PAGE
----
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Metropolitan Police Committee

Lord Christopher asked Her Majesty's Government:

Lord Williams of Mostyn: The annual report of the Metropolitan Police Committee for 1998-99 and the Annual Plan of the Committee for 1999-2000 are being published today.

The report gives information about the advice and other work which the committee has undertaken for the past financial year. The plan sets out the work which the committee aims to undertake on tasks which we have agreed that it will undertake, again to support me in my role as Police Authority in the current financial year. A major task is to help prepare for the Metropolitan Police Authority, planned for July next year.

Copies of the report and plan are being placed in the Libraries of both Houses tonight. The chairman of the committee is writing with copies to a wide range of interested people and organisations, including all Members of London constituencies, all Members of the European Parliament whose constituencies include London areas, all London boroughs, all police community consultative groups and all lay visitor panels.

We are grateful to Sir John Quinten, the chairman of the committee, and all his colleagues for their advice and other assistance to us, and look forward in particular to working with them on the transition to the new arrangements for the governance of London's policing.

14 Jul 1999 : Column WA48

Harlan UK Ltd.

Lord Whaddon asked Her Majesty's Government:

    What decision they have reached on whether there is a need to suspend--under the powers granted by Section 13 of the Animals (Scientific Procedures) Act 1986--the certificate of designation held by Harlan UK Ltd.[HL3681]

Lord Williams of Mostyn: Based on advice received from the Animals (Scientific Procedures) Inspectorate, we are satisfied that there are no grounds under Section 13 of the Act to suspend the certificate of designation.

While the investigation into the allegations made against this establishment continues, it would be inappropriate for us to comment further at this stage.

Anti-discrimination Legislation Review

Lord Stallard asked Her Majesty's Government:

    What are their responses to the Better Regulation Task Force review of anti-discrimination legislation.[HL3680]

The Minister of State, Cabinet Office (Lord Falconer of Thoroton): The Government have today placed copies of their formal response to the Better Regulation Task Force review of anti-discrimination legislation in the Libraries of both Houses. The task force has made a timely, constructive and challenging contribution to the Government's thinking on these highly important issues. The Government are committed to eliminating all unlawful discrimination and have accepted the majority of the task force proposals. The Government believe this response to the task force, in tandem with their responses today on similar issues to the proposals put forward by the equality commissions, sets out in the strongest possible terms our commitment to a modern and diverse society.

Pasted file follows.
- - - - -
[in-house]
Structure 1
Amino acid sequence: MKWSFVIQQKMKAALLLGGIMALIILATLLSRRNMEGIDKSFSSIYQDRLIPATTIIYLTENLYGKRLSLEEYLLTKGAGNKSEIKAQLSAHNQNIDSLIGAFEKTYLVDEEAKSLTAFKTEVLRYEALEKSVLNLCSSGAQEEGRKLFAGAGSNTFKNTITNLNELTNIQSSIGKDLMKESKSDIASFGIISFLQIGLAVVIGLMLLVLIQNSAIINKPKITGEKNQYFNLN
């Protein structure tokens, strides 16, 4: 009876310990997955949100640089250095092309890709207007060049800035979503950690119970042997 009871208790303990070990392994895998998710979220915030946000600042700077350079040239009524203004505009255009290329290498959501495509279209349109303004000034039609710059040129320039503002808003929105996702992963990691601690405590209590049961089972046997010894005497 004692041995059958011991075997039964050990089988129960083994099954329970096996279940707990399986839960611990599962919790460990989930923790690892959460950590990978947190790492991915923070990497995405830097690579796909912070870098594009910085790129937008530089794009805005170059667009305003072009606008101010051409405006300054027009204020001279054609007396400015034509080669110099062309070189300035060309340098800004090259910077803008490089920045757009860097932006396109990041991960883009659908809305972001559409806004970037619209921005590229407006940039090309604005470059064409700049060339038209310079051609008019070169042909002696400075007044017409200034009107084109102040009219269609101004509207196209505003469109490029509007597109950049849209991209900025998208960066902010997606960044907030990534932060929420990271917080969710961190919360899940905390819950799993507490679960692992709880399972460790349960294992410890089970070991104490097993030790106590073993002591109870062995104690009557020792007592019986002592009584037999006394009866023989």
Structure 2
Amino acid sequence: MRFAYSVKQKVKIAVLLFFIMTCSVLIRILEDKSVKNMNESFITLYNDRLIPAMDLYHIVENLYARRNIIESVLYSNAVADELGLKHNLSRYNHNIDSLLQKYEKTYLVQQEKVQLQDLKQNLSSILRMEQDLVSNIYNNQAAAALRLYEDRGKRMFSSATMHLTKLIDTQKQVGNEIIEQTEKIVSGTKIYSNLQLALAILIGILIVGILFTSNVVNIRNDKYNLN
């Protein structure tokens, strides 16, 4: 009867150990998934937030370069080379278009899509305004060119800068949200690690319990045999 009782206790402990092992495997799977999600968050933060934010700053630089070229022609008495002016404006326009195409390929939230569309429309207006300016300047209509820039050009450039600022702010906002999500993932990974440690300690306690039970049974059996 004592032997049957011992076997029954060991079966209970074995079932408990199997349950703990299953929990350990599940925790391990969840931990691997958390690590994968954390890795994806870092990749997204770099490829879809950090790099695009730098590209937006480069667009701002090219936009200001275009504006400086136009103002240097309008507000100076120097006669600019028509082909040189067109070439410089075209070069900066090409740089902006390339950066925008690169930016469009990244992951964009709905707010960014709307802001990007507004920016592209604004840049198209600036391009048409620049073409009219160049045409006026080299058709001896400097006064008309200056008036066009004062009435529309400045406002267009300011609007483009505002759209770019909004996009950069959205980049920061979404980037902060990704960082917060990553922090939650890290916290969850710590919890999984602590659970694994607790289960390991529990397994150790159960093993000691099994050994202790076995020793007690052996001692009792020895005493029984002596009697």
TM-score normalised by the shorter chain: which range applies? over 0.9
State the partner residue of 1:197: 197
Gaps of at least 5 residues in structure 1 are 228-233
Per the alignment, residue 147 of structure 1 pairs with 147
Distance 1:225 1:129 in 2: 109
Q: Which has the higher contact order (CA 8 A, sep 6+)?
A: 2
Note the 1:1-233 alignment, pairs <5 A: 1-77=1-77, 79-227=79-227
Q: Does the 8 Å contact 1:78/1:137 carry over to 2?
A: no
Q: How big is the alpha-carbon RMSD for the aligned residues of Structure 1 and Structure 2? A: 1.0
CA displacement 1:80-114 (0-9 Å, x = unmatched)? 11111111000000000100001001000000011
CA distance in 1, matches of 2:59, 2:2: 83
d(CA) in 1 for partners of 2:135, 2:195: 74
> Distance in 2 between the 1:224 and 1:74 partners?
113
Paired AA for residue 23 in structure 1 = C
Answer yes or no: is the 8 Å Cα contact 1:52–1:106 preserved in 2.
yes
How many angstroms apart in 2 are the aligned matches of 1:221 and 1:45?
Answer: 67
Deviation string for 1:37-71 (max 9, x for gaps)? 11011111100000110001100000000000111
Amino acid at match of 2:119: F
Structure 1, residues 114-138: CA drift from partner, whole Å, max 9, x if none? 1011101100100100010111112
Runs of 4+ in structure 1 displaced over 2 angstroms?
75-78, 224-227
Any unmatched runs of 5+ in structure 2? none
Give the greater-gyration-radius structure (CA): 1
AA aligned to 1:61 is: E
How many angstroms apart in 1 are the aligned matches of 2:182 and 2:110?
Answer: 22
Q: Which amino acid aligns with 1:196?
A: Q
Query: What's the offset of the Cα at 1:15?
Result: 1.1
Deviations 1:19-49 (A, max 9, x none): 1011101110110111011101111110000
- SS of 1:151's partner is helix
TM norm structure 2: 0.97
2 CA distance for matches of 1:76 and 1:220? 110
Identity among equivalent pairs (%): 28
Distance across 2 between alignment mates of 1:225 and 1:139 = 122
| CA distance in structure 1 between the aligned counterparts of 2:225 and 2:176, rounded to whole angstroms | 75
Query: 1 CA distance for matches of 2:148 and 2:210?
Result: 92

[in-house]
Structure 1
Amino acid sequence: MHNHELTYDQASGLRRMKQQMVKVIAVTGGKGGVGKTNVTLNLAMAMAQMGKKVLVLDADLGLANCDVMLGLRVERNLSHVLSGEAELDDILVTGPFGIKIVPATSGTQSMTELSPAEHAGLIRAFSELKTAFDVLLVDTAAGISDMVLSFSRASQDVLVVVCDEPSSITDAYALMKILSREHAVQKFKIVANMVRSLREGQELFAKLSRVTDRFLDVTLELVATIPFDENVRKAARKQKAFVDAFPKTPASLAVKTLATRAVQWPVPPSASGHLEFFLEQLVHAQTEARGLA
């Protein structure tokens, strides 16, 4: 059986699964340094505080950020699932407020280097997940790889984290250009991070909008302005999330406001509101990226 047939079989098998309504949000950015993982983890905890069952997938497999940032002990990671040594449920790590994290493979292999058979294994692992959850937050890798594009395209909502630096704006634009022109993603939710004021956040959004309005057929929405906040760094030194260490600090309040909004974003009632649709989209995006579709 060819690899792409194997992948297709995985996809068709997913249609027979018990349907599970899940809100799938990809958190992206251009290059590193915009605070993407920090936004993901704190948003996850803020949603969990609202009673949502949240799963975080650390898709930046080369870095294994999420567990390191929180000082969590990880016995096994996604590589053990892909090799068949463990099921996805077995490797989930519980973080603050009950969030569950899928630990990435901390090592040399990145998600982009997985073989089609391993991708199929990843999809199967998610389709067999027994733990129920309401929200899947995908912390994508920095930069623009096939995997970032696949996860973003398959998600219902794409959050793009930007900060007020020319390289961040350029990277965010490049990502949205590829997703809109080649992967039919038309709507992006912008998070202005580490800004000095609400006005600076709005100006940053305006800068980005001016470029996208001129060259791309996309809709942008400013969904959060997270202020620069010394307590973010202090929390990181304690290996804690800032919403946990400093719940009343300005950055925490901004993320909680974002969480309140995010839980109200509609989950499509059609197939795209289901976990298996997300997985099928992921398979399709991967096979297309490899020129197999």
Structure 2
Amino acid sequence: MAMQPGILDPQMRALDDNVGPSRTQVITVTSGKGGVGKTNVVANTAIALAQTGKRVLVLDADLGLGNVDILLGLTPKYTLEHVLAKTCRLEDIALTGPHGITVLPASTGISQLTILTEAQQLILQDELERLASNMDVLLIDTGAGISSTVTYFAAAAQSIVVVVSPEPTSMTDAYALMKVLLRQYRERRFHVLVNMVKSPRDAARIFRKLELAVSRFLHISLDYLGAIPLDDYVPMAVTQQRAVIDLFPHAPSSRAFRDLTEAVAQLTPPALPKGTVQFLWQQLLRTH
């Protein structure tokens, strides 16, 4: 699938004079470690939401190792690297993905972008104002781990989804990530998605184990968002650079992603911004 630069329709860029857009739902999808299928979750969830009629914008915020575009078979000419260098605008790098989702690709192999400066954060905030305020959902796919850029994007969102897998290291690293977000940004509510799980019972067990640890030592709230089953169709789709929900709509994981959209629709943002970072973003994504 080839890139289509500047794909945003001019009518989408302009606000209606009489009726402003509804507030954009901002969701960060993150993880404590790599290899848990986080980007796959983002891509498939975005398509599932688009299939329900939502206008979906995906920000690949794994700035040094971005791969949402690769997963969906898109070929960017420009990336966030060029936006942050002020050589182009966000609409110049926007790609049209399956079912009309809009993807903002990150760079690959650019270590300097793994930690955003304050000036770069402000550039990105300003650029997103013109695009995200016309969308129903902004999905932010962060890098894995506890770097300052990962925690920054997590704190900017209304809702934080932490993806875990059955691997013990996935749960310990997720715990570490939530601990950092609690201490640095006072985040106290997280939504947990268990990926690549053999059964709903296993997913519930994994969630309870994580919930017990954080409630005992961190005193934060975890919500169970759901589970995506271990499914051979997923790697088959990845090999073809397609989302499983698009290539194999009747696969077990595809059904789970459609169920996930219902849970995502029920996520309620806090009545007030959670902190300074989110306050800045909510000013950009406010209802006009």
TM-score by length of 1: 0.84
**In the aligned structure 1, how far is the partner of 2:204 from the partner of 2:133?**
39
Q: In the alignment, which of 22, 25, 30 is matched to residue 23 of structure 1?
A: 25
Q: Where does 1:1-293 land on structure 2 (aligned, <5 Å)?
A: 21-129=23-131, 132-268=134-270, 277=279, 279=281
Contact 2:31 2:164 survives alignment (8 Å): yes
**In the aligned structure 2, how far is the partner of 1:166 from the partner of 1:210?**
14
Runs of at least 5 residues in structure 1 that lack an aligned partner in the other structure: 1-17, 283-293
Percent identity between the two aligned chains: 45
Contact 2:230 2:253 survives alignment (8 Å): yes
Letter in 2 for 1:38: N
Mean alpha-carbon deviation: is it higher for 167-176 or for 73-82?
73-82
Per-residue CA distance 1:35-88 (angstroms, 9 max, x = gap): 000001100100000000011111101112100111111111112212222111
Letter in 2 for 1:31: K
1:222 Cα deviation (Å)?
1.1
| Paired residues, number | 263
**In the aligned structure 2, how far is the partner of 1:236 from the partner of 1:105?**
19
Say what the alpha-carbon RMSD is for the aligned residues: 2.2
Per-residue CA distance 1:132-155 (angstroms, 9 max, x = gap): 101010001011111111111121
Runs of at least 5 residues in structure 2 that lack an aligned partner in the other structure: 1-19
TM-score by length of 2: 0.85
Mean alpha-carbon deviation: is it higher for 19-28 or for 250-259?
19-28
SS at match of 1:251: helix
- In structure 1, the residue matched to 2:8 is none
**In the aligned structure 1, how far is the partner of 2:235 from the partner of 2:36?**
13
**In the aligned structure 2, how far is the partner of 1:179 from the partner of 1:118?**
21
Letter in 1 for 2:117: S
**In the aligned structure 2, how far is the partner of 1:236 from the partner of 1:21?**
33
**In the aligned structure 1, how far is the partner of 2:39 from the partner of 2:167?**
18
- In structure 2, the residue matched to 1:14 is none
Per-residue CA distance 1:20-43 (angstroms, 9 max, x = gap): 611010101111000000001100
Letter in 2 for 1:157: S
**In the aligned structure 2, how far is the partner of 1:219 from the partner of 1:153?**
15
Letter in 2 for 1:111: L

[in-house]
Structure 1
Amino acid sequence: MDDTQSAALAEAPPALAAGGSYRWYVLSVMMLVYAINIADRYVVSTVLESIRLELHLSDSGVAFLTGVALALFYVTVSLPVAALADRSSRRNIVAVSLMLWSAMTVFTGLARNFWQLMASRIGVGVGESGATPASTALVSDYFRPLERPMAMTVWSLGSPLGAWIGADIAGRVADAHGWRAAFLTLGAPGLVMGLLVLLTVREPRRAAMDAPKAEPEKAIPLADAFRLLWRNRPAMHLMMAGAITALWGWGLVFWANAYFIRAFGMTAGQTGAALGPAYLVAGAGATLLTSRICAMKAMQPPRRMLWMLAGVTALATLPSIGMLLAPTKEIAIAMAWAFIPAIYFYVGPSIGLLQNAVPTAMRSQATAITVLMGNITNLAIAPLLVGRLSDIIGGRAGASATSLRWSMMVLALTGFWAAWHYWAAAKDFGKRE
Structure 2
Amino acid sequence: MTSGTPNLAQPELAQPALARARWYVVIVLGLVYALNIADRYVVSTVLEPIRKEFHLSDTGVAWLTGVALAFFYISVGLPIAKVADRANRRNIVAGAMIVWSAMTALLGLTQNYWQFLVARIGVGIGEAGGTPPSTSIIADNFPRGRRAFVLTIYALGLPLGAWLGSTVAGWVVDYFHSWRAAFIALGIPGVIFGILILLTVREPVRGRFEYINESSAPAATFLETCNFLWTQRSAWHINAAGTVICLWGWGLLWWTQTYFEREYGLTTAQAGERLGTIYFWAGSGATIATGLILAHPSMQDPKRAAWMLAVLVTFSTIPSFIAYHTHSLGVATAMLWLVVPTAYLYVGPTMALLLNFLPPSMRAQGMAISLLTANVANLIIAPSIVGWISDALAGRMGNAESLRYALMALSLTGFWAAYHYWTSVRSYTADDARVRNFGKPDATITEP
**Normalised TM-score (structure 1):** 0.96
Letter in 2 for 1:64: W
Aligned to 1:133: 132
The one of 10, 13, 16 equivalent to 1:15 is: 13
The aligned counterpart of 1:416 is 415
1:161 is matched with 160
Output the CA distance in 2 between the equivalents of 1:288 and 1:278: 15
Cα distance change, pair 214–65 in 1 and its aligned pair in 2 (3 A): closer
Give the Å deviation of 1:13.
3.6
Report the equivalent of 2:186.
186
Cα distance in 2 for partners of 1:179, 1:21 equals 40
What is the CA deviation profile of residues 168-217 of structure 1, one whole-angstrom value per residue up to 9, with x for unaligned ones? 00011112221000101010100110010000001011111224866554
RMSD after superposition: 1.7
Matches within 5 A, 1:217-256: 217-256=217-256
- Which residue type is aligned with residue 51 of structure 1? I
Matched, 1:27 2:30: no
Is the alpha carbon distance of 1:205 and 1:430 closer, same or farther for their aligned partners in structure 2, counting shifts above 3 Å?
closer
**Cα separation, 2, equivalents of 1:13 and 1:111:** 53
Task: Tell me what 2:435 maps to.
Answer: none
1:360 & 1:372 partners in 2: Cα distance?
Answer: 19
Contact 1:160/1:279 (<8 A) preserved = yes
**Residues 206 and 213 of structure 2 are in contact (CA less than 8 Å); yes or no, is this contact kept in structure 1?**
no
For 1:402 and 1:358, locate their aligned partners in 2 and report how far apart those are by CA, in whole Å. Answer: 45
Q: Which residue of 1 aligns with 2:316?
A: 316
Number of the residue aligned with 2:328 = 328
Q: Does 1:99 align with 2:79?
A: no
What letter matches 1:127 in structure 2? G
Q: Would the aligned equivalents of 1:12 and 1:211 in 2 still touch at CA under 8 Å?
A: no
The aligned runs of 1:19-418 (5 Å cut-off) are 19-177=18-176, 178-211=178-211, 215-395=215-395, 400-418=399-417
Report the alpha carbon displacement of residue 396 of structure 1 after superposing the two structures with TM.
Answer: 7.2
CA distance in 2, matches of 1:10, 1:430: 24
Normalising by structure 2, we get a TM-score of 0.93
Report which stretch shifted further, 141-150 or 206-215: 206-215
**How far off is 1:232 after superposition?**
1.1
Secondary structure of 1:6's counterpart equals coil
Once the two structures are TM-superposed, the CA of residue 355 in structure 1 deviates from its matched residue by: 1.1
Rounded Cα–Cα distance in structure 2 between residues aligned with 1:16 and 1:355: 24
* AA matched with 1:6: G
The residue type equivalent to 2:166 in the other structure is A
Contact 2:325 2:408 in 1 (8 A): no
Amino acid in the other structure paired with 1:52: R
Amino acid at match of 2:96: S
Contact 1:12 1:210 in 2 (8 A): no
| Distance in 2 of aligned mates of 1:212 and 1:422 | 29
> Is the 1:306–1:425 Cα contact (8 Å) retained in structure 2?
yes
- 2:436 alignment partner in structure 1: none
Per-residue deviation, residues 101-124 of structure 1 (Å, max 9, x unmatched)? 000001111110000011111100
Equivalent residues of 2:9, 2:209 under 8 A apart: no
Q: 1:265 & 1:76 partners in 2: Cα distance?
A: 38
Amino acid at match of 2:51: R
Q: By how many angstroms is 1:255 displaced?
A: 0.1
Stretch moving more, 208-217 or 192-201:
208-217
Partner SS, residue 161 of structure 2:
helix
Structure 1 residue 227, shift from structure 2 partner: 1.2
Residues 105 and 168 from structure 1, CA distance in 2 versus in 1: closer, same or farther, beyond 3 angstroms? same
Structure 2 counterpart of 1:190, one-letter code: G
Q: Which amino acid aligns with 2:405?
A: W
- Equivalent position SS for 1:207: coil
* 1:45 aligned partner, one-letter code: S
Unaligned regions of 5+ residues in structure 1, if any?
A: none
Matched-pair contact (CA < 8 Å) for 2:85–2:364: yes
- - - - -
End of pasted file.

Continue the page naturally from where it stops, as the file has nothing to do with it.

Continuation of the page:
The Government have accepted the task force's main recommendation that a major legislative overhaul is not necessary at this stage either in relation to the individual regimes or in bringing them together. However, the Government agree that much more can be done to make the existing regimes work more effectively by setting a lead in their own actions as a policy maker, a service provider and employer; by encouraging the equality commissions to act in a more targeted, strategic and joined-up manner; and by encouraging business to seize the initiative and adopt best practices more widely in this area. To help businesses comply, the Government will further encourage the commissions to consult with employers on producing simple, clear advice and guidance which everyone (especially small and medium sized employers) can quickly and easily act upon. This will include clarifying employer obligations in some key areas. Our civil justice and legal aid reforms, along with the new Community Legal Service, will help ensure that ordinary citizens will have better and fairer access to justice.

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Kosovo: MoD Expenditure

Earl Attlee asked Her Majesty's Government:

    What pre-deployment costs have been incurred by the Ministry of Defence for operations related to Kosovo under the accounting code **34; and [HL3421]

    What costs have been incurred by the Ministry of Defence for operations related to Kosovo under the accounting code **37; and [HL3422]

    What costs, for the rest of this financial year, have been budgeted for by the Ministry of Defence for operations related to Kosovo under the accounting codes **34 and **37; and [HL3423]